The term “cardiomyopathy” refers to a diseased state of the heart involving abnormalities of the muscle fibers, which contract with each heartbeat. It is considered a primary problem when it occurs because the muscle cells themselves are abnormal (usually due to a gene mutation). It is a secondary problem when the muscle cells were normal but are affected by other diseases that have secondary damaging effects on the heart and its function such as certain infections, low blood flow to the heart, low blood oxygen or high blood pressure. According to the Pediatric Cardiomyopathy Registry, one in every 100,000 children in the U.S. under the age of 18 is diagnosed with cardiomyopathy. The majority of diagnosed children are under 12 months followed by children 12 to 18 years old. Because the clinical features and therapies differ, it is best to separate this disease into four broad types:

  • Dilated Cardiomyopathy (DCM)
    Dilated or congestive cardiomyopathy is diagnosed when the heart is enlarged (dilated) and the pumping chambers contract poorly (usually left side worse than right). For more detailed info, click here.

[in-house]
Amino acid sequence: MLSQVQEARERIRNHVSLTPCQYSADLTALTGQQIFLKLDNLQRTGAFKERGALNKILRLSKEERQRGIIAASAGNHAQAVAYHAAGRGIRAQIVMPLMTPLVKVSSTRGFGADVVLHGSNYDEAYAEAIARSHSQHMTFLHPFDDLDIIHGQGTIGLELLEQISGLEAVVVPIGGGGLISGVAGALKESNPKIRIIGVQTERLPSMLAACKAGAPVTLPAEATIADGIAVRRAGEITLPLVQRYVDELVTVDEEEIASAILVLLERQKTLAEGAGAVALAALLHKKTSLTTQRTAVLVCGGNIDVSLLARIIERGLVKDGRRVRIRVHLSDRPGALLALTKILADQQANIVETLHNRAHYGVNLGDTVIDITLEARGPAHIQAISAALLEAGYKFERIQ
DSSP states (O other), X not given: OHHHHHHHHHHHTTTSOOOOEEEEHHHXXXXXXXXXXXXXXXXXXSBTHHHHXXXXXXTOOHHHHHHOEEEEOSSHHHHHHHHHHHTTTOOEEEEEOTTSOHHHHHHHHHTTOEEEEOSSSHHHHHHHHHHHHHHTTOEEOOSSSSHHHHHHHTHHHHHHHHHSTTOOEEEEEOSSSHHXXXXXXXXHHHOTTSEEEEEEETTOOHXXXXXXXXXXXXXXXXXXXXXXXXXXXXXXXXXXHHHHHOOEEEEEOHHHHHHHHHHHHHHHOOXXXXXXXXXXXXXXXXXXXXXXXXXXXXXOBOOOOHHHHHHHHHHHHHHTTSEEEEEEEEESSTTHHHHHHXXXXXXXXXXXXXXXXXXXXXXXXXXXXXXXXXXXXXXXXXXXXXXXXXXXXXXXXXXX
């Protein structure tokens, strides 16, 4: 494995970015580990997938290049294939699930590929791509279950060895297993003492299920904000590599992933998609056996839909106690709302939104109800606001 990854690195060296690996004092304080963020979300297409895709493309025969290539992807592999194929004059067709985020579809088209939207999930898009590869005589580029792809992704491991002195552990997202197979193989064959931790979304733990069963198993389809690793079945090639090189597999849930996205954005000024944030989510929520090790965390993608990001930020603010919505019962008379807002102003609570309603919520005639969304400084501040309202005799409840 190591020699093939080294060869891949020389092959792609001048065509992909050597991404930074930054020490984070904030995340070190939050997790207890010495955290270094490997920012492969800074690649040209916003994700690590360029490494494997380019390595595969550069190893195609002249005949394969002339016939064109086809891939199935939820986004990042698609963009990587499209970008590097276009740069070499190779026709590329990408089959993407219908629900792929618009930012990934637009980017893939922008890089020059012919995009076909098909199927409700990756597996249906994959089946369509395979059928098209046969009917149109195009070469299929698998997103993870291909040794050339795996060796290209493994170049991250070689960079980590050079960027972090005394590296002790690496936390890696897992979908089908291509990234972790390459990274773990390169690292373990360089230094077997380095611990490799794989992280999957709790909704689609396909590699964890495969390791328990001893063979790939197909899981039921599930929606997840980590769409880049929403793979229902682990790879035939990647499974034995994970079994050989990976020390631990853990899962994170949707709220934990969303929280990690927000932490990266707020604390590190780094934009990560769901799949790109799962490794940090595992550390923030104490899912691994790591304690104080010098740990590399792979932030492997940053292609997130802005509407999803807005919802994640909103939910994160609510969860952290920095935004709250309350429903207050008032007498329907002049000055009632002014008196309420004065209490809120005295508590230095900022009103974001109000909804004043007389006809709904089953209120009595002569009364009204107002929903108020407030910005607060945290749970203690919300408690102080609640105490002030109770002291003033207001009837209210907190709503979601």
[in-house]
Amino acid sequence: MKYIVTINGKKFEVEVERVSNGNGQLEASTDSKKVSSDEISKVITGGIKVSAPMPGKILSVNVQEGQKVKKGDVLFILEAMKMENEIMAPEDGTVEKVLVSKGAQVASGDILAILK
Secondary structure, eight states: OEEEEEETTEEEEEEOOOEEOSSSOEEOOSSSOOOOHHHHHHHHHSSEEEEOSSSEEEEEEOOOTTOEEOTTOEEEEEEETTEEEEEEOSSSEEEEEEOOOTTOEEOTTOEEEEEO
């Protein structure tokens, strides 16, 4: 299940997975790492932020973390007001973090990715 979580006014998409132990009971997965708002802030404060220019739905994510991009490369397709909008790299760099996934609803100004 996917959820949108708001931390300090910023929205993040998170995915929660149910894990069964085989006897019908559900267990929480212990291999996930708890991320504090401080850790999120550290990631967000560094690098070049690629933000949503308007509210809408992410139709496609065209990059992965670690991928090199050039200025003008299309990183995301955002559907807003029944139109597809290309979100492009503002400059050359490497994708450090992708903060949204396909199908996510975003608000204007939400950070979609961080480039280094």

• Hypertrophic Cardiomyopathy (HCM)
    Most often diagnosed during infancy or adolescence, hypertrophic cardiomyopathy is the second most common form of heart muscle disease, is usually genetically transmitted, and comprises about 35–40% of cardiomyopathies in children. For more detailed info, click here.
  • Restrictive Cardiomyopathy (RCM)
    Restrictive cardiomyopathy is a rare form of heart muscle disease that is characterized by restrictive filling of the ventricles. In this disease, the contractile function (squeeze) of the heart and wall thicknesses are usually normal, but the relaxation or filling phase of the heart is very abnormal. For more detailed info, click here.
  • Miscellaneous (Rare) Cardiomyopathies – There are other forms of cardiomyopathy which comprise only a very small percentage of the total (2–3%) number of cardiomyopathies in children. These cardiomyopathies may have overlapping features with any of the previous types described and include arrhythmogenic right ventricular dysplasia (ARVD), mitochondrial and left ventricular non-compaction cardiomyopathies (LVNC). For more detailed info on ARVD, click here. For more detailed info on LVNC, click here.

For info on a rare form of cardiomyopathy called Danon Disease, click here.